A 13-person expert panel unanimously recommended the US Food and Drug Administration (FDA) to approve a new drug derived from cannabis as a treatment for two severe and rare types of childhood epilepsy, making drugs containing cannabinoids (CBD) one step closer to federal approval.
If the FDA follows the group’s recommendation, UK-based GW Pharmaceuticals’ syrup will be the first drug made from cannabis to win federal approval.
The recommendation comes after the company presented to an independent panel of experts a three-phase series of clinical trials showing the experimental medication – which does not get the user high – significantly reduced seizures in children with severe and early-onset forms of epilepsy. Both Lennox-Gastaut (LGS) and Dravet syndromes begin in infancy and cause sudden stiffening of the body, arms, and legs. More than 90 percent of patients with LGS or Dravet Syndrom have multiple seizures a day, according to GW Pharmaceuticals.
It’s not clear how the medicine, Epidioleax, reduces seizures, but a briefing document published April 19 suggests CBD is “clinically meaningful and statistically significant” in doing so. The company advises parents to monitor children for potential liver damage and lists common side effects as diarrhea, fatigue, vomiting, and sleep problems. In the report, the drugmakers concluded CBD has a negligible abuse potential.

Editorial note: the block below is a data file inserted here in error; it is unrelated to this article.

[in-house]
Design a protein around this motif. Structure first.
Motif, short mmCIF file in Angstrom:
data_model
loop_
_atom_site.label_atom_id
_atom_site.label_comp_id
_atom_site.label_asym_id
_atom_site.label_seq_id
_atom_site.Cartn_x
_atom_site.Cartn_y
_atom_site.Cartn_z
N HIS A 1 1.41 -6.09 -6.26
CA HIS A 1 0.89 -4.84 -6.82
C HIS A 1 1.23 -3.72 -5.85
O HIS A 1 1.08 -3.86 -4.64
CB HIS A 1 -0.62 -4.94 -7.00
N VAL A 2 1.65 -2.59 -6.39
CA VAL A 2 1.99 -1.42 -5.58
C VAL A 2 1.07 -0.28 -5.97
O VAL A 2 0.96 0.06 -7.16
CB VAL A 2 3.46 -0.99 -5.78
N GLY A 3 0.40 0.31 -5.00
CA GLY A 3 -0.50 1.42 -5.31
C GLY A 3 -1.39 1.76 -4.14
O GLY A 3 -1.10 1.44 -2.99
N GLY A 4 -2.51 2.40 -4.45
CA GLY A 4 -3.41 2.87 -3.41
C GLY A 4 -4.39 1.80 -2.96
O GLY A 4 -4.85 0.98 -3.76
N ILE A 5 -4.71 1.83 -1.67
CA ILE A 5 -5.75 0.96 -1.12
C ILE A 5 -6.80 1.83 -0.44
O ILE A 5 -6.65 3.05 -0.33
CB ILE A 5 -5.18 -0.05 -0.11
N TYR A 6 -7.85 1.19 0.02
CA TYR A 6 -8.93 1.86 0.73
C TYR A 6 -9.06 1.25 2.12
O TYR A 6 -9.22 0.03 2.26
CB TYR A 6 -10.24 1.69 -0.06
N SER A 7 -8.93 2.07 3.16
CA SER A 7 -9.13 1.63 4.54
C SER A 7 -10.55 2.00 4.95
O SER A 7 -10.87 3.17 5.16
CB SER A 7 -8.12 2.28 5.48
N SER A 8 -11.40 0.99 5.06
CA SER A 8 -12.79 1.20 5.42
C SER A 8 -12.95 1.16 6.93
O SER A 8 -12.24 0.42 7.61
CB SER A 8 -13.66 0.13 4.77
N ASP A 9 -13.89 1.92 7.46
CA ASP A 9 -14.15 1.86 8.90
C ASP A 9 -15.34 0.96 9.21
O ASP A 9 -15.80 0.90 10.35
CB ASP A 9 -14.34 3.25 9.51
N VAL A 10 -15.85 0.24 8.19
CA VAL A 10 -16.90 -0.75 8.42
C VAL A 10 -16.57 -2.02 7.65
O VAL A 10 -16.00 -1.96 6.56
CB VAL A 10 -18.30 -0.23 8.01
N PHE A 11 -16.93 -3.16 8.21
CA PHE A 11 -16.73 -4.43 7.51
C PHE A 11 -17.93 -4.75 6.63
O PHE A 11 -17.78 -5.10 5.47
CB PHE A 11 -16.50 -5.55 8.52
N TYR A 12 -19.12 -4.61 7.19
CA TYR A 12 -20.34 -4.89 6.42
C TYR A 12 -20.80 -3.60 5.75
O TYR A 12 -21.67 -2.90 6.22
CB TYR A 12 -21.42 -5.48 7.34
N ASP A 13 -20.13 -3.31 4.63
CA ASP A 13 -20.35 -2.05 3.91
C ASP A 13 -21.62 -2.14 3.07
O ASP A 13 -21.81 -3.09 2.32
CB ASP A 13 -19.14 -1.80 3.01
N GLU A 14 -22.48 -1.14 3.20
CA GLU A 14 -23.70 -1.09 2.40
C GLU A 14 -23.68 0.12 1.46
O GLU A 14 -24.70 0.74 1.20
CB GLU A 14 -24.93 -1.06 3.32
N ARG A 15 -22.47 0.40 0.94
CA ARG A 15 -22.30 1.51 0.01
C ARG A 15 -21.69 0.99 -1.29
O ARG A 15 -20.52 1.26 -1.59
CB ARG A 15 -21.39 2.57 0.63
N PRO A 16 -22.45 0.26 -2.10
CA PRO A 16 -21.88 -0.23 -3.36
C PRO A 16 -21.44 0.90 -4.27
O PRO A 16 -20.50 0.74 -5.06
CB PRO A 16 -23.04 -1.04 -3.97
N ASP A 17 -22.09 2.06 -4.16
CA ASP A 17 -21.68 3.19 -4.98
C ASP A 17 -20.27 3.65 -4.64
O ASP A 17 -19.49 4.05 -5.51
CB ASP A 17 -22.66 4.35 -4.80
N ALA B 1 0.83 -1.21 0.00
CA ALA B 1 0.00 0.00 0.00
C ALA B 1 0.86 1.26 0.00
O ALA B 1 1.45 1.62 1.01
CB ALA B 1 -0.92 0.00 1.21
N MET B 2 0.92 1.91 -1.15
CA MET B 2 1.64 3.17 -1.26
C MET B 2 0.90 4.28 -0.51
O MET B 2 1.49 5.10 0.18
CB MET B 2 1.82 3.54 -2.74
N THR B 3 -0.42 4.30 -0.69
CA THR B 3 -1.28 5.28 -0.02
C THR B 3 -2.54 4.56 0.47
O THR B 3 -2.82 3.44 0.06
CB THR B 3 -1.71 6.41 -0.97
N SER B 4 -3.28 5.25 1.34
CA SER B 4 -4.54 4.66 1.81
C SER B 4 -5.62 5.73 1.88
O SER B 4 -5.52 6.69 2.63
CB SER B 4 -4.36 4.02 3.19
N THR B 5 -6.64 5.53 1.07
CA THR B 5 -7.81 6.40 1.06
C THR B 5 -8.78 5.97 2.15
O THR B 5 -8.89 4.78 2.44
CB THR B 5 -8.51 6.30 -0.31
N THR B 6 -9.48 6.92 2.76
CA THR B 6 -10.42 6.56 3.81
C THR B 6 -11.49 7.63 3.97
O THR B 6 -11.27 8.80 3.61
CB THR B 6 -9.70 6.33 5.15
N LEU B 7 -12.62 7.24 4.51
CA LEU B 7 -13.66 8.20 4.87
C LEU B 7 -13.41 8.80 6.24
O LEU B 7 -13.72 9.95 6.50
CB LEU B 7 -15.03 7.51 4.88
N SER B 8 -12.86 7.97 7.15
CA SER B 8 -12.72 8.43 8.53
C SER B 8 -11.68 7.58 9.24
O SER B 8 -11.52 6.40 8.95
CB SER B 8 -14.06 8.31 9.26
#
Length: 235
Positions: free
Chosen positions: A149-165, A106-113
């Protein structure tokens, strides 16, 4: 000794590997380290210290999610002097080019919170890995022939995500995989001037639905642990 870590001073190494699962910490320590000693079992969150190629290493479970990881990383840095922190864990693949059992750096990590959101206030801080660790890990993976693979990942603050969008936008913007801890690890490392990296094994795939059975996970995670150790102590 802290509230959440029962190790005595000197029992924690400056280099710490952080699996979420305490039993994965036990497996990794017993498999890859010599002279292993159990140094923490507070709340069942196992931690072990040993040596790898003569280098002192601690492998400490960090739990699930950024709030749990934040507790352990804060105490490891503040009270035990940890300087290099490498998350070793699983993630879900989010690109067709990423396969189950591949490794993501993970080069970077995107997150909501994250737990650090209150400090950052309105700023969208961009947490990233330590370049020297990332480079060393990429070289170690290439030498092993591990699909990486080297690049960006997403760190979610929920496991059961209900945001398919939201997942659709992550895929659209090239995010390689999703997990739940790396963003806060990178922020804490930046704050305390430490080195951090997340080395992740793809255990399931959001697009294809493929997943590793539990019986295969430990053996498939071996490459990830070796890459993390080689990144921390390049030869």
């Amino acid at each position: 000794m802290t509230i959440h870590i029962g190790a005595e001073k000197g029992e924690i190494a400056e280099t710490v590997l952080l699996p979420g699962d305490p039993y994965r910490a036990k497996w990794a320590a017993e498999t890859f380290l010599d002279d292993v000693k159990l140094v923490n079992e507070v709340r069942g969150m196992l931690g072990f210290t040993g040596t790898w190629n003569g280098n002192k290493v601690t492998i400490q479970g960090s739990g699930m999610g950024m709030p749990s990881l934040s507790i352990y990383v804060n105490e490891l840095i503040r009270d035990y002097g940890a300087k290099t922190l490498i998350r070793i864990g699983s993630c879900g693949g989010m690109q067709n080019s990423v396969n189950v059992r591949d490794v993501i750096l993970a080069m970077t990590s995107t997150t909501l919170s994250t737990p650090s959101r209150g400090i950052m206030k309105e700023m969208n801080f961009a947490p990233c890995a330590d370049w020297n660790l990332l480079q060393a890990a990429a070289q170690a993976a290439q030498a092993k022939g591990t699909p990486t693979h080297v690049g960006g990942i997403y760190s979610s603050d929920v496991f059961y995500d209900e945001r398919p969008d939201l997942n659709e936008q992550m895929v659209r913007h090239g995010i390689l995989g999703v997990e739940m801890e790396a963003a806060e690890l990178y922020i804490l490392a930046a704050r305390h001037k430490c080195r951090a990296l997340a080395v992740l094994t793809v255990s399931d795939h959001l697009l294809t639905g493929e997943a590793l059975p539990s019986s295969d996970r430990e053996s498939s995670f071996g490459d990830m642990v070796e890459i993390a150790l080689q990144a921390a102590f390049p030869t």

More than two dozen states allow medical marijuana, but federal approval has not been granted for any medical use. Despite its prohibition, some parents have been using cannabidiol, or CBD oil, to treat children with the condition. CBD is one of more than 100 chemicals found in the cannabis plant. It doesn’t contain the psychoactive tetrahydrocannabinol (THC) ingredient. Earlier this year, a 36-study review confirmed evidence for the effectiveness of cannabinoids in managing epileptic seizures, showing consistent evidence that compounds from cannabis “often reduce the average frequency of epileptic seizures” where conventional drugs have failed.
As much as 10 percent of the world’s population live with active seizures, according to the Epilepsy Foundation, 60 percent of whom don’t know the cause.
A decision is expected from FDA regulators by the end of June. If approved, Epidiolex would be available for prescription in child patients two years and older with hard-to-treat forms of epilepsy. Doctors could have the option to prescribe the oil for other uses, potentially spurring new pharmaceutical research and interest in other cannabis-based products.
The kicker, as always, is the price. The company declined to comment on the price of the drug, reports USA Today. The publication says Wall Street analysts estimate it could cost more than $25,000 per year.
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